Will O Meter

This is a favorite torture device of mine. I mean, this is a great training tool that I use. It all started with Lactate Threshold Endurance Training for Rock Climbing. Here’s how it works:
When you rock climb, you get this awful burning feeling in your forearms. They are the tiniest little muscles that are working harder than any other muscles in your body, as you try to remember to use your BIG muscles in your legs and butt and core, and save your forearms. But human nature is to hold on and pull, and so those little guys just die. They flame out. They are on fire. You can’t close your fist anymore after a while.

That burning feeling is lactic acid building up in the muscle and impeding its ability to function. There are two things your body can do here, they can learn to tolerate it, and they can learn to shunt that lactic acid away quickly. We train these things by climbing continuously until you can’t hold on anymore. We climb to failure.

Don't you dare let go.
So I had this AMAZING client named Eddie Babyans. When I first got him, he climbed pretty hard, V-4/5, and he was very muscular. Like any big strong guy, he liked to pull with his hands and let his feet dangle fantastically out in the air behind him. Very exciting to watch. Not the most efficient way to climb.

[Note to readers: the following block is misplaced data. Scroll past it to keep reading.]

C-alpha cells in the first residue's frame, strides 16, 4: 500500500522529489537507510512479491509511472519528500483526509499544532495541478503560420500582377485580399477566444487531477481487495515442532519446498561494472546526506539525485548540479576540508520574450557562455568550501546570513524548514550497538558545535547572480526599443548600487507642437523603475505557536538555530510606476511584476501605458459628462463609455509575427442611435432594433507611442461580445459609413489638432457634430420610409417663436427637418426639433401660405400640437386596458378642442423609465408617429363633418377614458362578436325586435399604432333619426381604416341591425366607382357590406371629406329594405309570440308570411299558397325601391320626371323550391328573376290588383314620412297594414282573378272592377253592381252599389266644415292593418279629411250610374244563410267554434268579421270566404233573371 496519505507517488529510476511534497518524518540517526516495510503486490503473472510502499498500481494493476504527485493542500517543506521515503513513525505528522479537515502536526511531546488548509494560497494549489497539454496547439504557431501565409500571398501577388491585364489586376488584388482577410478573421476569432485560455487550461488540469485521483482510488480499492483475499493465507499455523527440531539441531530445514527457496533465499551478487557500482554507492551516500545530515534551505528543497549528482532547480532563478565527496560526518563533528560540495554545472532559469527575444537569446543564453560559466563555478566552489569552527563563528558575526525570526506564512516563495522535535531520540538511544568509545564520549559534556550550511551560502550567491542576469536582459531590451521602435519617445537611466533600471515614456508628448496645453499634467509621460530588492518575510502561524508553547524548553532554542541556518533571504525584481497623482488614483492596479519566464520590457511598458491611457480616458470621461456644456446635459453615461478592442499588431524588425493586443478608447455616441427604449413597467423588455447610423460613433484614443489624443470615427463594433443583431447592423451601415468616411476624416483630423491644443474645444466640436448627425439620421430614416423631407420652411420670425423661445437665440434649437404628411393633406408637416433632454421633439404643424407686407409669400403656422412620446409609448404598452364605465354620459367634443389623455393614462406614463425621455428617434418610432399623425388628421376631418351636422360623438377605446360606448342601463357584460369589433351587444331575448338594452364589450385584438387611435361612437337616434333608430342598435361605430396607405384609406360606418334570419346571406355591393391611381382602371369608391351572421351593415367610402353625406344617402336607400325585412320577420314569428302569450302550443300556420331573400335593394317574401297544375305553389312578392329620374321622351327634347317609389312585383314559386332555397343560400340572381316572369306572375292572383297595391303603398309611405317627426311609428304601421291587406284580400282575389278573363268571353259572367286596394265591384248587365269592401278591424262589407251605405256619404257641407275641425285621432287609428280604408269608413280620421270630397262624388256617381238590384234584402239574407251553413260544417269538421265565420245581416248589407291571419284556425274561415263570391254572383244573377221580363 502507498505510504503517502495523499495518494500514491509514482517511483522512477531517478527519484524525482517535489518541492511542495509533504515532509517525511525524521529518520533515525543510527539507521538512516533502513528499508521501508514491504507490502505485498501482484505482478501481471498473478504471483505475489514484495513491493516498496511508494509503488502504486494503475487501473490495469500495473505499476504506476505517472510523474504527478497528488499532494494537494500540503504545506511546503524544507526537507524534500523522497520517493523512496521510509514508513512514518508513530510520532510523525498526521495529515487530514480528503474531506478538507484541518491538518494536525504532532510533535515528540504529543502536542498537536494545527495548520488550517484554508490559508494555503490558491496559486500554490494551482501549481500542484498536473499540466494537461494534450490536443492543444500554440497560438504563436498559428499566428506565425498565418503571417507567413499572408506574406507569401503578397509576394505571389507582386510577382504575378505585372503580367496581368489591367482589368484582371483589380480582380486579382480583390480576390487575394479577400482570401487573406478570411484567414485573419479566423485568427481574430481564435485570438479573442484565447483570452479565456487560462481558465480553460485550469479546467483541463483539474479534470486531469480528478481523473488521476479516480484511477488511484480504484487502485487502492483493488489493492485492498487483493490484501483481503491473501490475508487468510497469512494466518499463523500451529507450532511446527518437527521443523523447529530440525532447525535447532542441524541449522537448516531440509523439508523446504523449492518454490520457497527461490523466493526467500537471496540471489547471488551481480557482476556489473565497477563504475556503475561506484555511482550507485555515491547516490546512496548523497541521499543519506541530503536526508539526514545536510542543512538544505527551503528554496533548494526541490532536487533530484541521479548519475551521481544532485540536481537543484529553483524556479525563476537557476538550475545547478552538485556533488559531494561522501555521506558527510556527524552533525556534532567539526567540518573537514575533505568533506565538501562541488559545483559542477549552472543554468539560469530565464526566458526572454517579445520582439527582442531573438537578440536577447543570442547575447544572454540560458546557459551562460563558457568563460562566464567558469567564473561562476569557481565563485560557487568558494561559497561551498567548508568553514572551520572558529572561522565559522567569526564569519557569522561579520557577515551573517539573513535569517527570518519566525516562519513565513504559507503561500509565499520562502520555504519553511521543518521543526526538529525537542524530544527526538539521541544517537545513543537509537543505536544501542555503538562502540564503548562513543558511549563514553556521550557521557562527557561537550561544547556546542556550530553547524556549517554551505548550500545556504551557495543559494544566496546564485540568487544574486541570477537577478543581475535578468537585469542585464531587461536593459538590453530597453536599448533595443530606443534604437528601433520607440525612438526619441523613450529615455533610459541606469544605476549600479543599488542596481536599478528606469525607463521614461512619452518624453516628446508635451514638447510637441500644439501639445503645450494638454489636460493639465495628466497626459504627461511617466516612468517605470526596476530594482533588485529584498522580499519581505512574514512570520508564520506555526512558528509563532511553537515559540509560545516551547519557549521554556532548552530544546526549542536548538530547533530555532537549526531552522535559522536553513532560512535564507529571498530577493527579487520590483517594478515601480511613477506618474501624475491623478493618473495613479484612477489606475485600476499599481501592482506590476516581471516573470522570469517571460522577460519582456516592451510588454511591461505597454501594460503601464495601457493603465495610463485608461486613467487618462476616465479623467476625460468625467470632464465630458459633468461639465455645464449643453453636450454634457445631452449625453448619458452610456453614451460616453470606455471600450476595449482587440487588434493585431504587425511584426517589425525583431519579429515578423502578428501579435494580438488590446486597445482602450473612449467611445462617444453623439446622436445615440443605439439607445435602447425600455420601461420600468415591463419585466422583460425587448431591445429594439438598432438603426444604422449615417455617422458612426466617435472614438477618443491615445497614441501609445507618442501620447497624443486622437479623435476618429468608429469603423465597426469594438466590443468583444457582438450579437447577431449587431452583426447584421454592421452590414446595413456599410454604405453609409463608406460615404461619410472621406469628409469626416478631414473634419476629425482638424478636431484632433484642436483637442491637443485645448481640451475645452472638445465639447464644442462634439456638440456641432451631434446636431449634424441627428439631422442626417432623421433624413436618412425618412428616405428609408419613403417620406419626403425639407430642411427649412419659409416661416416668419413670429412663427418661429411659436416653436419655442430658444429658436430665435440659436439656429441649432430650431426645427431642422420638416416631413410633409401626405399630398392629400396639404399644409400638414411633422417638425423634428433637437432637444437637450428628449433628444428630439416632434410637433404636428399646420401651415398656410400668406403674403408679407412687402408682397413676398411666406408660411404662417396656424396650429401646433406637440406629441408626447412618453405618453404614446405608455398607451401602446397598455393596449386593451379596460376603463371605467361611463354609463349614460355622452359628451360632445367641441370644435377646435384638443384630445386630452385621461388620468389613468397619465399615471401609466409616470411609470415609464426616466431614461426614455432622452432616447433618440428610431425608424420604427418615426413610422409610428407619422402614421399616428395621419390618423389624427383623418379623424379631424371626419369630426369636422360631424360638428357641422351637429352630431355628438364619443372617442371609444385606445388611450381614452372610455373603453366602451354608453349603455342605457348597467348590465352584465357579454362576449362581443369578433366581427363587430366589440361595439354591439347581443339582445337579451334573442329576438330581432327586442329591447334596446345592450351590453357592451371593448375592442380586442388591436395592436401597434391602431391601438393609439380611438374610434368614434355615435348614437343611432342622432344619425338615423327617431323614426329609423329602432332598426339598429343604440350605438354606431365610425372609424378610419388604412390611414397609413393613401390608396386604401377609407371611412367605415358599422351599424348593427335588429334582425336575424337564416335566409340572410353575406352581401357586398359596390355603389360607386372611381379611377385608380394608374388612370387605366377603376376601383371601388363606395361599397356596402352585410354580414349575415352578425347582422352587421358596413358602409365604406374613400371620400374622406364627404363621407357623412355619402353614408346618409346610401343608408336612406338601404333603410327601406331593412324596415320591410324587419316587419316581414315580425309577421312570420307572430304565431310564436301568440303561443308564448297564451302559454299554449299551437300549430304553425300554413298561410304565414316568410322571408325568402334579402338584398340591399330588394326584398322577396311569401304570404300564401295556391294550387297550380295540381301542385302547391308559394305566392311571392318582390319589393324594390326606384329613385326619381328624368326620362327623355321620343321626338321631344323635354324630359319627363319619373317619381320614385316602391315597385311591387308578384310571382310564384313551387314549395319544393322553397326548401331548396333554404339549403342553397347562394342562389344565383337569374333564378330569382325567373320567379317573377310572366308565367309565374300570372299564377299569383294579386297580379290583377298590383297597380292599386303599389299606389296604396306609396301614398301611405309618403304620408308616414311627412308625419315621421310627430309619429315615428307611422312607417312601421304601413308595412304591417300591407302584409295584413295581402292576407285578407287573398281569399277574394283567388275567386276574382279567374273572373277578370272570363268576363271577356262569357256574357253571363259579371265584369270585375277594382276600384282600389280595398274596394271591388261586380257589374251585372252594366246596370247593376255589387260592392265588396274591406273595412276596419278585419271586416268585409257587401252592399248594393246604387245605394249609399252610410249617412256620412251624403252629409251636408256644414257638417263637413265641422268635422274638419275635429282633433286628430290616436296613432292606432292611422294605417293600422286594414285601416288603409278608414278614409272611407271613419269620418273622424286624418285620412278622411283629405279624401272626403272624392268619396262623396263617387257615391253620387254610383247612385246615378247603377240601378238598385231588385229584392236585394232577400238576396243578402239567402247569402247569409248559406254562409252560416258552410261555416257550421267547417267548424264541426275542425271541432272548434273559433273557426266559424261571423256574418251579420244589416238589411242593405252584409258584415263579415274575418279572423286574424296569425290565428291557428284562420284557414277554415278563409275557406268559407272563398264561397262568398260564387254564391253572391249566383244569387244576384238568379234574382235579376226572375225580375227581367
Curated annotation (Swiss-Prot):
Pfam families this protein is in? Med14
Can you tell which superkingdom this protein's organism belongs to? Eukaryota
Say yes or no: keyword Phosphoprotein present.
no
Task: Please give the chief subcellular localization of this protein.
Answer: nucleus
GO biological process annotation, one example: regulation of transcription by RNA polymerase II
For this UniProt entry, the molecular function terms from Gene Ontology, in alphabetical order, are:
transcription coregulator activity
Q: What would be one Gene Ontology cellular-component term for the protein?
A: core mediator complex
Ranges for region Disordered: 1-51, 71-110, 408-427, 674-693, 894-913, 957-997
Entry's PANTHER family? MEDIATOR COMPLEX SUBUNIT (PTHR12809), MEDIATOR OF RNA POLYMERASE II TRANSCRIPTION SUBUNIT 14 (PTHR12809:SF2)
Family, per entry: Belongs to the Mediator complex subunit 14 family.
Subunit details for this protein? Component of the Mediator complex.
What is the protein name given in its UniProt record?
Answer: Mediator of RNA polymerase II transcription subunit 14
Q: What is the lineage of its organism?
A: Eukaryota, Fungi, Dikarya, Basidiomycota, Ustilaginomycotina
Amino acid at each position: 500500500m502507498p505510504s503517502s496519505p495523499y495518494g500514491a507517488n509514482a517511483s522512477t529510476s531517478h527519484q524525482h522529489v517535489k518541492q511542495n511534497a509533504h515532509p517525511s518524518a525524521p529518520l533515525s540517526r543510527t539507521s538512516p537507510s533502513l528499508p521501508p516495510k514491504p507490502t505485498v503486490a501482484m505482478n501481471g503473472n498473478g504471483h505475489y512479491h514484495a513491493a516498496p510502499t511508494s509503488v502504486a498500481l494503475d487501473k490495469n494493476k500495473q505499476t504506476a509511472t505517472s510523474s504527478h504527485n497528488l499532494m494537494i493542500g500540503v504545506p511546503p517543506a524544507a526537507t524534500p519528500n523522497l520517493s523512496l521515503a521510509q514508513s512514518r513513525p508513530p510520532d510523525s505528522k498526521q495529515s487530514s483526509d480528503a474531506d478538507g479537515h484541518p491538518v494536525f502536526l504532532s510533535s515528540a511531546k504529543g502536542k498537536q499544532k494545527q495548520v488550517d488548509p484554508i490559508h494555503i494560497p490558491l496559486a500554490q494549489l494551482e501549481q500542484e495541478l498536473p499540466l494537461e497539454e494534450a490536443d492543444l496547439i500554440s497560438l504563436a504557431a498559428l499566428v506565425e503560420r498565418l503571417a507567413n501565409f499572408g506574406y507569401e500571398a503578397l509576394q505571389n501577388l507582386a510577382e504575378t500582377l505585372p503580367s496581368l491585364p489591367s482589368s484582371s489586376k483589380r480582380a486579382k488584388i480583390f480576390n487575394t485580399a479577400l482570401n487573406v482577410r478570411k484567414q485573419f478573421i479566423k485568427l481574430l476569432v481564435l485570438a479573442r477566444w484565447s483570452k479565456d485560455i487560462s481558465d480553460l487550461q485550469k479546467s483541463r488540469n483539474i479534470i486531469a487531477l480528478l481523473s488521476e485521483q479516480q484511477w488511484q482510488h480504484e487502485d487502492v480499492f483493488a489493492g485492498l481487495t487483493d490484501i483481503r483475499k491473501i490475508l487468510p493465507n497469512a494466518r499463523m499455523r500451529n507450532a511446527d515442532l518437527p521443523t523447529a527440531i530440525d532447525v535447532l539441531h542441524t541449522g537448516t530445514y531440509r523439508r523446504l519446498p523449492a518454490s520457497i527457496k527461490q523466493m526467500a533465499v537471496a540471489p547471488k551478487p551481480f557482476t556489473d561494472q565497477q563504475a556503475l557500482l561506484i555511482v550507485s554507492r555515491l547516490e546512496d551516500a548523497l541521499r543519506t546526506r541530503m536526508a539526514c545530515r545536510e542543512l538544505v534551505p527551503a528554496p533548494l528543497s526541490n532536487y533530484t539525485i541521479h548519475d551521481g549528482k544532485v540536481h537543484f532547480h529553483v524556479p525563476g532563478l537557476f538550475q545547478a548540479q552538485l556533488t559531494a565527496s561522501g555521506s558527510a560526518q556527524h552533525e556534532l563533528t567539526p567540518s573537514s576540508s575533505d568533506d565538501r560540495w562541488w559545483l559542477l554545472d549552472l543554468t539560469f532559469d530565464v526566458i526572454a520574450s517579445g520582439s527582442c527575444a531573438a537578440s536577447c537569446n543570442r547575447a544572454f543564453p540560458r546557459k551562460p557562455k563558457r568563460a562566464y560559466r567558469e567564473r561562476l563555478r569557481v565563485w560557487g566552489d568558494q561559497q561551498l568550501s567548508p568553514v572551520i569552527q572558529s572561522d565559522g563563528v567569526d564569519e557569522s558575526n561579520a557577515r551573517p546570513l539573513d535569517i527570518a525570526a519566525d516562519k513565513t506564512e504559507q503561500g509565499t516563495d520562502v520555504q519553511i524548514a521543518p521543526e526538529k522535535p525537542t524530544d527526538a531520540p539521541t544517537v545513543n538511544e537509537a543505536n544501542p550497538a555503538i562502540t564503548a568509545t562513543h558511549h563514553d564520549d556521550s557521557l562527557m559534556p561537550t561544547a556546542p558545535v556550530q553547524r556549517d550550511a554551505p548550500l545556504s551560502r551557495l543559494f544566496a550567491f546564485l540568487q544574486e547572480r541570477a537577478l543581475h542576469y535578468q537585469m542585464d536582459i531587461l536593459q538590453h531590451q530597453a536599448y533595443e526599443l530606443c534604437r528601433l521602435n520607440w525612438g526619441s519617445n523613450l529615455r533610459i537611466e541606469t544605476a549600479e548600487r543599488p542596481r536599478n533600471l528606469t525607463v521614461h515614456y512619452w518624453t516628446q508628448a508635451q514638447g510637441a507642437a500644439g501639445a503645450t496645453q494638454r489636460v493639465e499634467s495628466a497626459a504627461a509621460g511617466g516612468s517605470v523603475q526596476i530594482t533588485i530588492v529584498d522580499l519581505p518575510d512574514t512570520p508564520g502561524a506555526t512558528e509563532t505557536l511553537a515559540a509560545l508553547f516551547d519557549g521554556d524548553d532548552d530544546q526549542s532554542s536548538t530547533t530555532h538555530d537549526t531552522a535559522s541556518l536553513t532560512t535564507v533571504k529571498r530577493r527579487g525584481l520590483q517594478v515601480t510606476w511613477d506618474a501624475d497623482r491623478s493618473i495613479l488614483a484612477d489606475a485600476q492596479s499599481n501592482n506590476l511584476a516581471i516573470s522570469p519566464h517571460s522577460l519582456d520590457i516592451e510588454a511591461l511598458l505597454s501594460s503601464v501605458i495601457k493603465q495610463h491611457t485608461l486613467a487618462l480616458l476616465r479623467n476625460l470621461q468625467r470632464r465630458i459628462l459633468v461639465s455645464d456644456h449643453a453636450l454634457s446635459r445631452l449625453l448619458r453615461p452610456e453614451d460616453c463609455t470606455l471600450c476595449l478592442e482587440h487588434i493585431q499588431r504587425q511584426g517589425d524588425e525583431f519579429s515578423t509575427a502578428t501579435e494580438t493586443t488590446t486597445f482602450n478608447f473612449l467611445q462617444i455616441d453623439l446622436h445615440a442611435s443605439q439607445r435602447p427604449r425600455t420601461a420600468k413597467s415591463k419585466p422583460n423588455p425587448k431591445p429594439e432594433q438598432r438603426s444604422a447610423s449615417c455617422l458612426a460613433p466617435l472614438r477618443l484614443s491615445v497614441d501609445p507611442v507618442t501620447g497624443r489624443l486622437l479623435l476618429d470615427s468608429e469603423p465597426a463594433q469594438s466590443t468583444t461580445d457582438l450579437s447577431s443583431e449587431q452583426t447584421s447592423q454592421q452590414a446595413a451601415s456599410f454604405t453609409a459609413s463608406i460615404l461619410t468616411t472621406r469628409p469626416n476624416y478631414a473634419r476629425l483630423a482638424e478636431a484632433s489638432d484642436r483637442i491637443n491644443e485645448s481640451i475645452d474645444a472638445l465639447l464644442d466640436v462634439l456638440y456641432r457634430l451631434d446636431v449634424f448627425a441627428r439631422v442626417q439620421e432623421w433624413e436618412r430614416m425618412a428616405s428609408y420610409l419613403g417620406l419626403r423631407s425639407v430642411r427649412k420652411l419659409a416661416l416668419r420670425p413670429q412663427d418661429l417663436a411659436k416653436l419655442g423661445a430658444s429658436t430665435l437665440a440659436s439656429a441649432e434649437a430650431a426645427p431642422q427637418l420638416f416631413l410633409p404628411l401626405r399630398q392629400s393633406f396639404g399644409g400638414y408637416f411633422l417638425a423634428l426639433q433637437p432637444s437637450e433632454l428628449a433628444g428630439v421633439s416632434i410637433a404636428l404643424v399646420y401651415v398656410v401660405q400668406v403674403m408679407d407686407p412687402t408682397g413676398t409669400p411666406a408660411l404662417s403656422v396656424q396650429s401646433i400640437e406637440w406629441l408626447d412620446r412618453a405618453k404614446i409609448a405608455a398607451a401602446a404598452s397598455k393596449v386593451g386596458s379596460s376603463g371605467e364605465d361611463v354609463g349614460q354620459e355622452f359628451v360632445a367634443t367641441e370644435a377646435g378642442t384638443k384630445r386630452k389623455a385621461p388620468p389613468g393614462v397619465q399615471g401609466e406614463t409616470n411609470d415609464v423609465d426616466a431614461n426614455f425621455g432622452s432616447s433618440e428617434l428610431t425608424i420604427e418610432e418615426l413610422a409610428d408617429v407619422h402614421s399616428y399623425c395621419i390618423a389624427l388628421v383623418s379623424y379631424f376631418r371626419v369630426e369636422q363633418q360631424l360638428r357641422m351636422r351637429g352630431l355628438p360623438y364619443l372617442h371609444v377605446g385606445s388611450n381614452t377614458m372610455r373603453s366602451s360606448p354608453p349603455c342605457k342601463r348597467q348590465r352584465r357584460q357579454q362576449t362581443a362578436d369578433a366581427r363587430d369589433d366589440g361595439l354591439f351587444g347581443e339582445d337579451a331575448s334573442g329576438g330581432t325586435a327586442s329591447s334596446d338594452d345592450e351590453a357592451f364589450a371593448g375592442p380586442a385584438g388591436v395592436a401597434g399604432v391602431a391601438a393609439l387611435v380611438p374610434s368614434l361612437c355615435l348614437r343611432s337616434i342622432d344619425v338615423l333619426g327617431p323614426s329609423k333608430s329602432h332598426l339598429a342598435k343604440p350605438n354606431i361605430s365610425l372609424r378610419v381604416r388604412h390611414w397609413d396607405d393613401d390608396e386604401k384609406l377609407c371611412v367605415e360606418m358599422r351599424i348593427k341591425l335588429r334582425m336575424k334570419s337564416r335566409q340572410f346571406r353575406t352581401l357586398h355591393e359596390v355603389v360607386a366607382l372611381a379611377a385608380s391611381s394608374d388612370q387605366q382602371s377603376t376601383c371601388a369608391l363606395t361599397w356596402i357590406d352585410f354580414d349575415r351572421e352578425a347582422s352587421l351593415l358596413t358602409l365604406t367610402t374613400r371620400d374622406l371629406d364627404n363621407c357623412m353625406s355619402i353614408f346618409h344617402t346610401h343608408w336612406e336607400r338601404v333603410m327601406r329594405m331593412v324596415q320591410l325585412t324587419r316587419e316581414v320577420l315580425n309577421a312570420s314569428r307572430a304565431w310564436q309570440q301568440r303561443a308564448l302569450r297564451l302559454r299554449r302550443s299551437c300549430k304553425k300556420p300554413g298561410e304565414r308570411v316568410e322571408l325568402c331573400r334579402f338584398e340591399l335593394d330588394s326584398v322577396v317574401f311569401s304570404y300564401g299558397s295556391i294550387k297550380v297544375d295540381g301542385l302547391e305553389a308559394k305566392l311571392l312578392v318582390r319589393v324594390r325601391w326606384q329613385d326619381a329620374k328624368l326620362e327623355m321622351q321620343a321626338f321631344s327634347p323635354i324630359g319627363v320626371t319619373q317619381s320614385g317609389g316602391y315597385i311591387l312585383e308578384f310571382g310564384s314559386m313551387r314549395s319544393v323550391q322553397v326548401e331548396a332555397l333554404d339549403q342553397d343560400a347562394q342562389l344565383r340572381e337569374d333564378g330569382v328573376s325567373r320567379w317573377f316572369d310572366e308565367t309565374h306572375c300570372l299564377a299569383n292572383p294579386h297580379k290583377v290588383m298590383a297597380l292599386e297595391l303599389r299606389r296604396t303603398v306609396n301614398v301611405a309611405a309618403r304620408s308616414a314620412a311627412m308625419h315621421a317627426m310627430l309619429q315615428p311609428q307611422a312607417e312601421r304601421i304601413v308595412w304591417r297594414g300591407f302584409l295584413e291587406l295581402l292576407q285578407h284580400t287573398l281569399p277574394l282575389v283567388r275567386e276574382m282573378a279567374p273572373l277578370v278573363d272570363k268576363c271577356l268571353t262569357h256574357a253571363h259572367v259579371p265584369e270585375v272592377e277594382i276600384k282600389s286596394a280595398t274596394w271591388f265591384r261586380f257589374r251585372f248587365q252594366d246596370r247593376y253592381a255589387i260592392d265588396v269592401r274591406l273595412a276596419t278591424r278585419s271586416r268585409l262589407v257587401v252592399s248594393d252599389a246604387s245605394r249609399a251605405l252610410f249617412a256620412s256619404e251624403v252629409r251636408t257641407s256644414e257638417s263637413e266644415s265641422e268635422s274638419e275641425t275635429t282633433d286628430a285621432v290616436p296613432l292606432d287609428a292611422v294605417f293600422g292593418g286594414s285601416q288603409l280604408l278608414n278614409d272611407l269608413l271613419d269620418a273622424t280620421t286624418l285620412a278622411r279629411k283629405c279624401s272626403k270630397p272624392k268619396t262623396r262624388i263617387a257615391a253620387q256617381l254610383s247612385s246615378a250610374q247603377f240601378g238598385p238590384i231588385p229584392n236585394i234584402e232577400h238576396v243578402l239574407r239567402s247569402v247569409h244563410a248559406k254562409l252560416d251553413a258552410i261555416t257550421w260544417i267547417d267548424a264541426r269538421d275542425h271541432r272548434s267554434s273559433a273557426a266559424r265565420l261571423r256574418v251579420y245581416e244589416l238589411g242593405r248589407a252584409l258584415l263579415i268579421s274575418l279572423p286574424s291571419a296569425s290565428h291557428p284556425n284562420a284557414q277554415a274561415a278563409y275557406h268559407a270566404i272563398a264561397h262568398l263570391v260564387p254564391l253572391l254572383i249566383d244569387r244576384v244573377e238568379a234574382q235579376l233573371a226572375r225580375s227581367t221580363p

I put Eddie on the traverse wall and I had him climb sideways, using all the holds he wanted to, until he started getting tired. Then I had him keep climbing. Then, I had him keep climbing. He wasn’t allowed to touch the ground, rest, shake out, just continuous movement. Standing on his feet, with good technique, he stayed and stayed and stayed on the wall. Then, I had him tell me when he felt like he was going to fall, like he only had one more move in him.

And then we started counting moves. The first time we did this, he had about 9 more moves in him, and then he fell off. But did he climb to failure? Did he climb until his fingers couldn’t close, physically couldn’t grip on the wall anymore? Or did he step off? I put him right back on and we started counting again. He had another 9 moves in him.